Some people can experience more adverse health effect than others, depending upon their age, pre-existing health condition and period of exposure. These groups of people include children, adults who spend most of the time outdoors, people with respiratory diseases and the elderly people with low immunity.
Strategy for Winter Smog Management
Management of air pollution, such as winter smog, requires combination of proactive and reactive interventions in short term, intermediate term and long term basis. The best management strategy to control environmental pollution is to remove the pollution source as which may not be always practically possible. Hence, controlling its emission/ generation at the source is the next best strategy which can be done through both regulatory and technical approach.
Various preventative, control and mitigation measures can be taken to reduce generation of pollutants that contribute to winter smog and its effect. Some of these include strategies limiting exposure time, management of urban transport facilities, regulating emission from vehicles and power plants, regulating open waste burning and management of dusts from construction activities.
In short term, the impact of air pollution due to winter smog can be reduced by limiting outdoor activities and travel time, using appropriate face masks when outdoor, keeping children, elderly and the people who are at high risk to respiratory diseases away from exposure, suppressing dust particles by spraying water from the air, banning of open burning of domestic wastes and agricultural wastes, proper handling and disposal of solid waste etc.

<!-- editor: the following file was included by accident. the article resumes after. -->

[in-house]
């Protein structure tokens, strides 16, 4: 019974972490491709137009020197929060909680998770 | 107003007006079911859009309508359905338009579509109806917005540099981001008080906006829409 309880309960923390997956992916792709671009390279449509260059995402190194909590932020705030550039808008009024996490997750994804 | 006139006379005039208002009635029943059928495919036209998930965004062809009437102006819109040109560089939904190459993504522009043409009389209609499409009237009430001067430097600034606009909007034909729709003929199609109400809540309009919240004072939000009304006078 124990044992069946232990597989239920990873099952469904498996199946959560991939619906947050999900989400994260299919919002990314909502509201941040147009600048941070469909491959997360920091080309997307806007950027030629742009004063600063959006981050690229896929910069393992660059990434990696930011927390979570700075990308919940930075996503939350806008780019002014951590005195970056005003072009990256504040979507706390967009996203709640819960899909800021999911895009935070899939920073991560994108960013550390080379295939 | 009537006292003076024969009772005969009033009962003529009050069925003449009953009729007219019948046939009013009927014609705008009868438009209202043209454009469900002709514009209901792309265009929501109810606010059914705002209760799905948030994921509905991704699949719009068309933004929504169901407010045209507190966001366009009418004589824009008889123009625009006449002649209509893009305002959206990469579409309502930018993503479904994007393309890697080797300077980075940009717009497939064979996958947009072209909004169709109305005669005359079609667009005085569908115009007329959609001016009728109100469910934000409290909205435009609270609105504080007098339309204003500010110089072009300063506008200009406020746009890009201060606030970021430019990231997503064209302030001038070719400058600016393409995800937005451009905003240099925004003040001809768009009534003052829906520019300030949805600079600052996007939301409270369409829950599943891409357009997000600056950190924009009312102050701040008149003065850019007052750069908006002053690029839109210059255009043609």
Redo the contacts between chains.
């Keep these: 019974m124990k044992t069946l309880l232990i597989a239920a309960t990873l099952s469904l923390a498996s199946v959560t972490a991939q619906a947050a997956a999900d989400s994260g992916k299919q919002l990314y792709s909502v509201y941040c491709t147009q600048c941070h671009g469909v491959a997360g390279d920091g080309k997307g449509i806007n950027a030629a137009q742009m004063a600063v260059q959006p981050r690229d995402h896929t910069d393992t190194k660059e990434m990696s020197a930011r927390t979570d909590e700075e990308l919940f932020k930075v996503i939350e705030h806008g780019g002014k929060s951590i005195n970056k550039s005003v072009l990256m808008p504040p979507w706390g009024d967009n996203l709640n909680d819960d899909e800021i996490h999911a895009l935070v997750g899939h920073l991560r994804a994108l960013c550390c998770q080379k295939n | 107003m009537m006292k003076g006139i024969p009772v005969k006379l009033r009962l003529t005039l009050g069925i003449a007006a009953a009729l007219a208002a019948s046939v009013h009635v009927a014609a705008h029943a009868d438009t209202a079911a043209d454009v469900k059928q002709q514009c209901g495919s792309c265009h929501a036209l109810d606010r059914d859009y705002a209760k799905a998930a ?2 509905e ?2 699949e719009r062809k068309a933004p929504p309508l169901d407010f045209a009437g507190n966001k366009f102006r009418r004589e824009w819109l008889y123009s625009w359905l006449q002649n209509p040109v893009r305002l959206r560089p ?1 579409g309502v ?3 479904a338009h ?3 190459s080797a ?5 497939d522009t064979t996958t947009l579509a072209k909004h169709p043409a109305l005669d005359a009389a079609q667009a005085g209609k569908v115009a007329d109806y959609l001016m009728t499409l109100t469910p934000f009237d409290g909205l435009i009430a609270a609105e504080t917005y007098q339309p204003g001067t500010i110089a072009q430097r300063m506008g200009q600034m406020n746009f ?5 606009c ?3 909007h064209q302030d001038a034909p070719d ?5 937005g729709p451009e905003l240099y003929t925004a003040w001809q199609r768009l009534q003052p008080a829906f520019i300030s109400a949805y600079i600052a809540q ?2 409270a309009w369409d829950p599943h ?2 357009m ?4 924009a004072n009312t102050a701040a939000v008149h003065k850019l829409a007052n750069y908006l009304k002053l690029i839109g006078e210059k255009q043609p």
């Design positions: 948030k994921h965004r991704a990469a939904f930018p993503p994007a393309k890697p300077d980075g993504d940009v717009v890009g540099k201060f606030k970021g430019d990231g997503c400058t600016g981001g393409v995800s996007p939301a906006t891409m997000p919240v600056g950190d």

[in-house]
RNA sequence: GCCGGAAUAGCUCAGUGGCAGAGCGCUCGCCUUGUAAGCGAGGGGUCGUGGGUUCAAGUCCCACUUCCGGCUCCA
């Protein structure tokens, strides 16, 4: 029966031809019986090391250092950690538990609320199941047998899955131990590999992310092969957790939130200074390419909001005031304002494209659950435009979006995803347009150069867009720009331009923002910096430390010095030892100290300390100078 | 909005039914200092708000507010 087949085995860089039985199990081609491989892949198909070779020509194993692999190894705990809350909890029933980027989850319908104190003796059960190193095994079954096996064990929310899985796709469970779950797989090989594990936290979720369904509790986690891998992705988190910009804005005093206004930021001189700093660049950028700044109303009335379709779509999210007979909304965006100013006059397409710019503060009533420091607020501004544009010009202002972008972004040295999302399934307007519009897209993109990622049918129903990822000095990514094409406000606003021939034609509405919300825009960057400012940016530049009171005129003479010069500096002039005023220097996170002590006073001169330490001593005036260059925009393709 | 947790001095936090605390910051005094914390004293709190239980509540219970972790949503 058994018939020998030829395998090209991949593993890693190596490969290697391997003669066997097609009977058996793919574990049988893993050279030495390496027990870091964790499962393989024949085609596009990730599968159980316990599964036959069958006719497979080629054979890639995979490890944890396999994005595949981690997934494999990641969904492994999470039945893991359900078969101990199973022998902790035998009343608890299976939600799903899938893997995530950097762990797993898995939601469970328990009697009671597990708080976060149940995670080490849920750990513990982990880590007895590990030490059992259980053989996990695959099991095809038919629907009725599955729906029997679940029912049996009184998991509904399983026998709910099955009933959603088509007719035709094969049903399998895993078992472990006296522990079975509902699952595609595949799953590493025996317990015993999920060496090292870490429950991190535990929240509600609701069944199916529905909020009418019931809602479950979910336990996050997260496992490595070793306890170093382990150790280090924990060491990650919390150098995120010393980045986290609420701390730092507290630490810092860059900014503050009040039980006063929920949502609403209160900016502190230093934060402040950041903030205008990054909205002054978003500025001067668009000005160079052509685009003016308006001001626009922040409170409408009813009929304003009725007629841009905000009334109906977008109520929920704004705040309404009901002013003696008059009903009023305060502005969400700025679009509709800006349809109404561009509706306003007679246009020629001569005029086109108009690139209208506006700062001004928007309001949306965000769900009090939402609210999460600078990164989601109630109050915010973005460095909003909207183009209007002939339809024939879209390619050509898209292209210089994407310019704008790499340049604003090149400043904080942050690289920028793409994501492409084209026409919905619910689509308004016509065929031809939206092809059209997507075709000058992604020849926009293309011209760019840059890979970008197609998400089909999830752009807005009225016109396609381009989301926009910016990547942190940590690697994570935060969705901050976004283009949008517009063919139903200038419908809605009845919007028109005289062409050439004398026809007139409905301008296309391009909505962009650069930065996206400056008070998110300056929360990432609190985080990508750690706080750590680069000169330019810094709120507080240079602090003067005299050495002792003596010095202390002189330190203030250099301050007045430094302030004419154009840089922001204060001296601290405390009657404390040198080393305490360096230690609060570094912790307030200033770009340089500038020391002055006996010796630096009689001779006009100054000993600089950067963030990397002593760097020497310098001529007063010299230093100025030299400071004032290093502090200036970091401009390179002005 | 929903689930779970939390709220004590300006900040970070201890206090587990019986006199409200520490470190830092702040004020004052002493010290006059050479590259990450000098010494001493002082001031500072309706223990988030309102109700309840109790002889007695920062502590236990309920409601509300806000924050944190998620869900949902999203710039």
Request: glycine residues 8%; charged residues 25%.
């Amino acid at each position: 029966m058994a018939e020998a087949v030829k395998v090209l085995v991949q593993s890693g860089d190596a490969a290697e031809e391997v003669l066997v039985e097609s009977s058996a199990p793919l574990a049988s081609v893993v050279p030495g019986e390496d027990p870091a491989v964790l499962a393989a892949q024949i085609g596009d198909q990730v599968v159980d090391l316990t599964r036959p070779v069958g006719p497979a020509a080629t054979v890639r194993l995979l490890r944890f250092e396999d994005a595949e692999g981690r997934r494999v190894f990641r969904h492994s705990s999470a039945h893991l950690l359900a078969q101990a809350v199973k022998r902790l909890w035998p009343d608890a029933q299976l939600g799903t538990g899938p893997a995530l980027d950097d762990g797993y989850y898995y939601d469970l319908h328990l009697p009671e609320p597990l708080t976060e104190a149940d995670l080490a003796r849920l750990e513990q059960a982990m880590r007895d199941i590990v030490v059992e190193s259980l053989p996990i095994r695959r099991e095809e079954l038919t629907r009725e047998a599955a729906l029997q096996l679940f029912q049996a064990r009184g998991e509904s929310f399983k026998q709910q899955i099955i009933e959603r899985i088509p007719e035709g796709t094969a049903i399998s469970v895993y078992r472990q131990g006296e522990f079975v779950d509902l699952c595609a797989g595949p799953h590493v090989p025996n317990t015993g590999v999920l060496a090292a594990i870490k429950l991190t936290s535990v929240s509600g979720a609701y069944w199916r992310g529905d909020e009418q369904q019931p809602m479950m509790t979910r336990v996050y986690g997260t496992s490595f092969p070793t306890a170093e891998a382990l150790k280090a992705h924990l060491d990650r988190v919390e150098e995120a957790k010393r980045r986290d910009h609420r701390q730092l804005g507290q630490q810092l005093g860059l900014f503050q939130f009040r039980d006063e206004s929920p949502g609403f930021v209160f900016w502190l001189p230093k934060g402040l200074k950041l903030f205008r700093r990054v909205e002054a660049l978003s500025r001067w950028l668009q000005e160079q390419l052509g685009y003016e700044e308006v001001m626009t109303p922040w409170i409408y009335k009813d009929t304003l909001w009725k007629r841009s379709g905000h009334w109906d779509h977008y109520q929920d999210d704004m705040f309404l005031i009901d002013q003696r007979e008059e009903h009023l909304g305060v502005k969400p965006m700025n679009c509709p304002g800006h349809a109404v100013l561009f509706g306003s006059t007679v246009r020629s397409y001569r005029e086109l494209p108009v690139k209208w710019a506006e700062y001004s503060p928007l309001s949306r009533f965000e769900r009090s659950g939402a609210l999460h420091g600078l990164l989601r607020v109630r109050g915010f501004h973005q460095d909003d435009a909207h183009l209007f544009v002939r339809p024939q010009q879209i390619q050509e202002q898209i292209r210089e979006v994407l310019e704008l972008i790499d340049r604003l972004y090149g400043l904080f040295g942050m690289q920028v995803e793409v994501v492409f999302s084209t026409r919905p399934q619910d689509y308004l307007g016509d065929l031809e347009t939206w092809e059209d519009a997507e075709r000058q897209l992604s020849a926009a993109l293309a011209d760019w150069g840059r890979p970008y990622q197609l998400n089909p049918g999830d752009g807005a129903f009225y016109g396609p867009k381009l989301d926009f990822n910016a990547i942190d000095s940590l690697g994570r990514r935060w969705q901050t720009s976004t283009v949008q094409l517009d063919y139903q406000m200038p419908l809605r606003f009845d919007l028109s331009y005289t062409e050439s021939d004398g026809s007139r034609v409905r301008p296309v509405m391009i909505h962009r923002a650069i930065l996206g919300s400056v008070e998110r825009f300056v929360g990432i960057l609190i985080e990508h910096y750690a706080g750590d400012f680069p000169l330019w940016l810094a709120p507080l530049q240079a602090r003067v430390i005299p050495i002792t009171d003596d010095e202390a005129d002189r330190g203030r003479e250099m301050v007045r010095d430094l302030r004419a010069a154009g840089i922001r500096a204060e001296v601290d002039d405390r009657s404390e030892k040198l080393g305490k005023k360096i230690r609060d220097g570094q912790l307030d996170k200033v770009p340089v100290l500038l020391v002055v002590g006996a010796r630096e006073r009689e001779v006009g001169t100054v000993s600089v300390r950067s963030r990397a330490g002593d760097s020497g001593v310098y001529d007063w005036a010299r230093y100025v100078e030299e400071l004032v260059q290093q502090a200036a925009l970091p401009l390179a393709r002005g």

The medium to long term control measures require implementation of stringent regulations and technological intervention. These include setting stringent fuel emission standards, promoting use of alternative clean fuel or electric vehicles, creating safe and clean public transport system and mass transit system, providing economic incentive to use public transport system, car pooling and owning green vehicle, regulating the dirty coal power plants effectively to control the PM2.5 emission from there, installation of air pollution control devices in pollutant emitting plants, regulating certain dust generating construction activities and generating mass awareness among people of all age groups to contribute at a personal and corporate level to reduce pollution and sustain the environment.
She is an accredited sustainability assessor for green building certification under USGBC LEED rating system and Abu Dhabi UPC's Pearl Rating System. She is also an approved consultant for environmental studies by Dubai Municipality. Her key work areas include environmental consulting for Environmental Impact Assessment, audits for environmental compliance, sustainability advisory for green building certification and consulting for waste management for various infrastructure, building, and industrial projects.
Sunanda holds a master's degree in environmental management and a master's degree in chemistry.